at the end of this process, i imagine that the reference levels you mentioned should still be respected; if these plugins ( inserted AFTER slate digital vcc) someway alter ( increase..or decrease ) the VU value of that track, what to to then?


thanx and excuse me for the many questions, but now im getting more and more interested into that

:)
Compyfox
KVRAF
 
11226 posts since 18 Oct, 2003, from Berlin, Germany

Postby Compyfox; Sun Jan 20, 2013 4:23 am

Giusmex wrote:ok thanx compyfox now i am beginning to understand.


It's not hard to wrap your head around it, once you understand the difference between measuring average signal strength and absolute (digital) signal strength.



Giusmex wrote:in this moment i only have slate digital vcc as vu meter; does it behave ALREADY as a RMS meter or it needs some adjustments to behave as an RMS meter? and in this case, which rms meter do you suggest? i only have izotope alloy 2's RMS meter, but it is embedded within the plug in itself, so it is not suitabale for the initial part of gain staging, is it?


The VU is already properly setup in VCC. On the setup panel, you can do minor adjustments, but default is more than suitable.

If you want to use an easy to understand VU, I recommend to take a closer look at SleepyTimeRecords or Klanghelm. RMS meter, pretty much everything works that can be setup to your neds.



Giusmex wrote:In this case, to which value does -9dBFS correspond in terms of VU meter?


I throw in another meter, just to confuse you.

Nah, seriously... the -18dBFS reference level and -9dBFS headroom limit come from old Peak Programme Meters that only worked with 10ms or even 5ms response time compared to digital meters which react on a sample basis. It's a savety headroom for measurements.

Want to read more about it, go to Wikipedia and read up on Peak Program Meters and VU Meters.


If I talk about -9dBFS as absolute maximum, I mean the digital meter. The VU wouldn't be fast enough to measure that.



Giusmex wrote:and, mor eimportantly, it means that a snare, or a kick can exceed 0 VU?


In theory, yes. But in reality it won't happen. At least not for a snare drum, since a kick drum can have intesive lowend which is easy to level in at 0VU. Unless you strip it off all this information.

A snare drum however wouldn't barely reach 0VU on the readout of the VU, but on the digital meter, you can clearly see that it can (and will) exceed -18dBFS. In this case, level in at -9dBFS maximum (or lower) and you should be good to go.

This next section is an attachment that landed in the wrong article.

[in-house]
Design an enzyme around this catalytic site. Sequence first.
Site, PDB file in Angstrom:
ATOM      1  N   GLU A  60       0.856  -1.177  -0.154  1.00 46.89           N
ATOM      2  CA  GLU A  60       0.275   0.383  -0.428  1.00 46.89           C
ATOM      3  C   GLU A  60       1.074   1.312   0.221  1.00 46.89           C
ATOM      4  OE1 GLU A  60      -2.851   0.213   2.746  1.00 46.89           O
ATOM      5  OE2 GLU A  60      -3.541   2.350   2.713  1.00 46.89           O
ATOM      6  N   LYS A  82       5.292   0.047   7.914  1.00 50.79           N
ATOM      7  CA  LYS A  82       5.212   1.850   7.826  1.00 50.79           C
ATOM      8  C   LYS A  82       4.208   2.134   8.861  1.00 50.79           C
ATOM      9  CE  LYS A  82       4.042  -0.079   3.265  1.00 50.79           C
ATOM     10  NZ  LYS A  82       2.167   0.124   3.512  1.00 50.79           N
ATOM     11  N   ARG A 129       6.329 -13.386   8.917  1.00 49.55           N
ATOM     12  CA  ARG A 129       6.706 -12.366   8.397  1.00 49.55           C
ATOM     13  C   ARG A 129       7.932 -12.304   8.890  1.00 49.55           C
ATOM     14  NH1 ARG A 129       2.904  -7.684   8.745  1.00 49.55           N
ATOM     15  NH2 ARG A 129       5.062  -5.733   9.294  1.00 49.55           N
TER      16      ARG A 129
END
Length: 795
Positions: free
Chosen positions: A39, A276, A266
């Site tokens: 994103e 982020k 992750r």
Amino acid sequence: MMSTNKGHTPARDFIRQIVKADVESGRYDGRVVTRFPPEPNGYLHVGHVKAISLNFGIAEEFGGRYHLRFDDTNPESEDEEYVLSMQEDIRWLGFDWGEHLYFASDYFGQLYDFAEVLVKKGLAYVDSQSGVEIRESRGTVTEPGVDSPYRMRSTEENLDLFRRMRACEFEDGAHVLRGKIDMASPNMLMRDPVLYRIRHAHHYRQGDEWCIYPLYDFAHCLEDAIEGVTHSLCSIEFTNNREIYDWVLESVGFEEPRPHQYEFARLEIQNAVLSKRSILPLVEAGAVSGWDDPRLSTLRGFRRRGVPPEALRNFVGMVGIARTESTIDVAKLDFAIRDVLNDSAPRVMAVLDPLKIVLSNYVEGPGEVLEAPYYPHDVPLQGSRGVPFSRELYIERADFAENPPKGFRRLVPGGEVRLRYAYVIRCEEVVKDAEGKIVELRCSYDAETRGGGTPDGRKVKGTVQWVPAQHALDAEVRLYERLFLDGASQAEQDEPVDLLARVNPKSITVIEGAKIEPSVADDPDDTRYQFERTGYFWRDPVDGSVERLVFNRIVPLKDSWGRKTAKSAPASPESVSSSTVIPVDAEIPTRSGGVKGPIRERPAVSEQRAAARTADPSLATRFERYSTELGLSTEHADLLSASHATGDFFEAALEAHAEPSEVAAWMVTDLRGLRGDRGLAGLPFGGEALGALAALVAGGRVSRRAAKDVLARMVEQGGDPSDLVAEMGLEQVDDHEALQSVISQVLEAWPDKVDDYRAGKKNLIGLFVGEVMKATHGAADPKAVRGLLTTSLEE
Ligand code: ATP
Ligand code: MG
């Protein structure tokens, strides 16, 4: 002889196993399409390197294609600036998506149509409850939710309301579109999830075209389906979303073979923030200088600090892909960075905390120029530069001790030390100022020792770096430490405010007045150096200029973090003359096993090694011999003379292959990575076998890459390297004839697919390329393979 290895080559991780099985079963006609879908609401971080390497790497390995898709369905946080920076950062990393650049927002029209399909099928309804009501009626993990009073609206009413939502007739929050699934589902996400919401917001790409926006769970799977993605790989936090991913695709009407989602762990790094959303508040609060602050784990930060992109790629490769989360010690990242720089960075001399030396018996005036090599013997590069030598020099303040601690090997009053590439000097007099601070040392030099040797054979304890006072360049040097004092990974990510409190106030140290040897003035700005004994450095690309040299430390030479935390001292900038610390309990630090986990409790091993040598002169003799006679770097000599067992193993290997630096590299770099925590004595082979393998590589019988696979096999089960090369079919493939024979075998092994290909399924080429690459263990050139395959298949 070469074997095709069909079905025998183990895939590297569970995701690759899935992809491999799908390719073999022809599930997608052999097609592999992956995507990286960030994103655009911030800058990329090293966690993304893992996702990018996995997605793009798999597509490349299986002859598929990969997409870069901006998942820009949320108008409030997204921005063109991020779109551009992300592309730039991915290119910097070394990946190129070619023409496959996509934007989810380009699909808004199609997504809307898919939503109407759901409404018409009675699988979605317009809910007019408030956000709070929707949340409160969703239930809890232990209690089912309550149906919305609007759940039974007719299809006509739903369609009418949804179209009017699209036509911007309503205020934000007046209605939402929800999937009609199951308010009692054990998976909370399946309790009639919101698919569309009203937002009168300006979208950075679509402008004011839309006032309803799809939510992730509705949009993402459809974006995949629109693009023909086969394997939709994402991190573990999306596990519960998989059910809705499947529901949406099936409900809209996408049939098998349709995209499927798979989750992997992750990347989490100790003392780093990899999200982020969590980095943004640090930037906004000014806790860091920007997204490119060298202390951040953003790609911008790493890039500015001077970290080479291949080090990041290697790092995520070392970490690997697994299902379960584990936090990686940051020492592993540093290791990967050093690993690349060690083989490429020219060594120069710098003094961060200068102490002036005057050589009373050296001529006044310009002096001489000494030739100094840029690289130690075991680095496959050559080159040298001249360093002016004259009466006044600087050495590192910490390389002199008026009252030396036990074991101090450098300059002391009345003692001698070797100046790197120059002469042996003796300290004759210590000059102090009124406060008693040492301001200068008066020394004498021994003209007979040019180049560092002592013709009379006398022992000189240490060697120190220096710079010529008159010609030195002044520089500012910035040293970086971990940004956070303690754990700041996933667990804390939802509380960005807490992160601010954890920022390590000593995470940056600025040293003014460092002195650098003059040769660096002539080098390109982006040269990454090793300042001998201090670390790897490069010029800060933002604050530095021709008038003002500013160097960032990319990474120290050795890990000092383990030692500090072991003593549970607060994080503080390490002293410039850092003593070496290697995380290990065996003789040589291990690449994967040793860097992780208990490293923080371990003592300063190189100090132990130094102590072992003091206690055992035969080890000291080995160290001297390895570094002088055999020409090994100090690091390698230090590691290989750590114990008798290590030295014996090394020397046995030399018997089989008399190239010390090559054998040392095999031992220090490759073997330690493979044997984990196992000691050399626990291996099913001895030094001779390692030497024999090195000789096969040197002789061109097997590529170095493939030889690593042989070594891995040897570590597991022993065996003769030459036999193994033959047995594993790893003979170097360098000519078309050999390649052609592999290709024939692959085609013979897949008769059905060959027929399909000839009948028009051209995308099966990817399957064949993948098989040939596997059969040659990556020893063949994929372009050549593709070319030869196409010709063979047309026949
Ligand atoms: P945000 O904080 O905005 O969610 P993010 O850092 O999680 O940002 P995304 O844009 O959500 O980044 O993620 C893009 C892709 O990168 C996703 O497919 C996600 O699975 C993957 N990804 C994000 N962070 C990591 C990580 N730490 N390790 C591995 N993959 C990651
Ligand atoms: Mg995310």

Giusmex wrote:And , anyway, even if i calibrate this values for bass intensive or transient intensive material in my song, as you say i should do that in the iNITIAL part of gain staging, such as using slate digital vcc as prefader; but, if i then add other plug ins in the same channel ( for instance...1) slate digital vcc; 2) izotope alloy 2 ; 3 ) a compressor...and so on....

at the end of this process, i imagine that the reference levels you mentioned should still be respected; if these plugins ( inserted AFTER slate digital vcc) someway alter ( increase..or decrease ) the VU value of that track, what to to then?


I compensate the input/output gain of each plugin.
Plain and simple.


Example:
Signal -> Input gain (cubase) -> Klanghelm VUMT (since I trust that one more) -> Slate VCC -> EQ -> compressor -> Fader


My signal is analysed by Klanghelm's VUMT and Cubase digital meter, so that the average signal strength doesn't exceed 0VU or -9dBFS digital, depending on the provided signal. It's then ran through VCC, no need to to change anything, the signal strenth is still the same.

I then run the signal into an EQ - here I do my sound shaping, but do no volume compensation. Don't feel the need actually. It's different with the compressor however. Here I try to shoot for the same signal strenth on output, as it was applied on input. This is something I do by ear.

Now the signal is routed to the fader/pan poti. All I do here is place the signal where I want it to, and attenuate it to fit to the rest of the mix, while not exceeding 0VU or -6dBFS on the summing bus.



Giusmex wrote:thanx and excuse me for the many questions, but now im getting more and more interested into that


Dive a bit through Wikipedia, RANE Pro Audio Reference and GearSlutz (the Skip Burrows' "why ITB mixes don't sound as good anymore" thread). Maybe even read a manual of an external mixing console. It should come to you eventually.
Keith99
KVRian
 
1063 posts since 15 Mar, 2007, from Yorkshire, England

Postby Keith99; Sun Jan 20, 2013 4:48 am

I too have been trying to get my head around this and thanks to Compyfox posts I am getting there. Sorry to butt in but just a couple of questions:

1. You say dont exceed -9dBFS on transient rich material but then later you say to not exceed -6dBFS on the summing bus. This is the first I had heard of -6dBFS. Do you aim for a max -6 on all buses?

2. I have tried following these guides in Cubase 7 with the new control room meter and I find it incredibly difficult to get RMS up while keeping the peaks contained. I guess this is what mastering engineers get paid to do. Are there any tricks to getting a high RMS and still reduce in the peaks? I know compression does that but I would need to slam sounds to achieve the correct RMS and contain the peaks.